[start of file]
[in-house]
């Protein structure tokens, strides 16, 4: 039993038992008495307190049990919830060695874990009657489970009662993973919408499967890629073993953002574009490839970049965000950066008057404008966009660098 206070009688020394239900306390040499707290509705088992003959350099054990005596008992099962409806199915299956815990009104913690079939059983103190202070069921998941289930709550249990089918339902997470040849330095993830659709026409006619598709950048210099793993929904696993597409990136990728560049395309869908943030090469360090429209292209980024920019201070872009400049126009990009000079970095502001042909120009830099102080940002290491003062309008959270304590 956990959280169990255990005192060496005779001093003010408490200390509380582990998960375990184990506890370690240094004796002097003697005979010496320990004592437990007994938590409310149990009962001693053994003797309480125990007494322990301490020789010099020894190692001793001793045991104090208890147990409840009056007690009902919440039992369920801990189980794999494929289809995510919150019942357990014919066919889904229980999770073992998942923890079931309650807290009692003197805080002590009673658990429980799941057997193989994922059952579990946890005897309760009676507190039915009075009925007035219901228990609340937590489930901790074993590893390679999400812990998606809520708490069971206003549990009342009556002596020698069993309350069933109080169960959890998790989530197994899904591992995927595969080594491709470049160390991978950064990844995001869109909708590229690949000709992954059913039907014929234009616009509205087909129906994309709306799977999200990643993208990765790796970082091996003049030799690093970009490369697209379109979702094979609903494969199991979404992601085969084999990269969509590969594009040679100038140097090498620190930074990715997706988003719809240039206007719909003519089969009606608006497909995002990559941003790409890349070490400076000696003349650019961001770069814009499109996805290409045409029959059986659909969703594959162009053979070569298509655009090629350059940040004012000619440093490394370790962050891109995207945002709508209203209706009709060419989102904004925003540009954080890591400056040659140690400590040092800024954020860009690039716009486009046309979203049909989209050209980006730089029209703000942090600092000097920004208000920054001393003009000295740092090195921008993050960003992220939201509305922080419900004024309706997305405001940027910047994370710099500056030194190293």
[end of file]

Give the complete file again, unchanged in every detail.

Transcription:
[in-house]
């Protein structure tokens, strides 16, 4: 039993038992008495307190049990919830060695874990009657489970009662993973919408499967890629073993953002574009490839970049965000950066008057404008966009660098 206070009688020394239900306390040499707290509705088992003959350099054990005596008992099962409806199915299956815990009104913690079939059983103190202070069921998941289930709550249990089918339902997470040849330095993830659709026409006619598709950048210099793993929904696993597409990136990728560049395309869908943030090469360090429209292209980024920019201070872009400049126009990009000079970095502001042909120009830099102080940002290491003062309008959270304590 956990959280169990255990005192060496005779001093003010408490200390509380582990998960375990184990506890370690240094004796002097003697005979010496320990004592437990007994938590409310149990009962001693053994003797309480125990007494322990301490020789010099020894190692001793001793045991104090208890147990409840009056007690009902919440039992369920801990189980794999494929289809995510919150019942357990014919066919889904229980999770073992998942923890079931309650807290009692003197805080002590009673658990429980799941057997193989994922059952579990946890005897309760009676507190039915009075009925007035219901228990609340937590489930901790074993590893390679999400812990998606809520708490069971206003549990009342009556002596020698069993309350069933109080169960959890998790989530197994899904591992995927595969080594491709470049160390991978950064990844995001869109909708590229690949000709992954059913039907014929234009616009509205087909129906994309709306799977999200990643993208990765790796970082091996003049030799690093970009490369697209379109979702094979609903494969199991979404992601085969084999990269969509590969594009040679100038140097090498620190930074990715997706988003719809240039206007719909003519089969009606608006497909995002990559941003790409890349070490400076000696003349650019961001770069814009499109996805290409045409029959059986659909969703594959162009053979070569298509655009090629350059940040004012000619440093490394370790962050891109995207945002709508209203209706009709060419989102904004925003540009954080890591400056040659140690400590040092800024954020860009690039716009486009046309979203049909989209050209980006730089029209703000942090600092000097920004208000920054001393003009000295740092090195921008993050960003992220939201509305922080419900004024309706997305405001940027910047994370710099500056030194190293």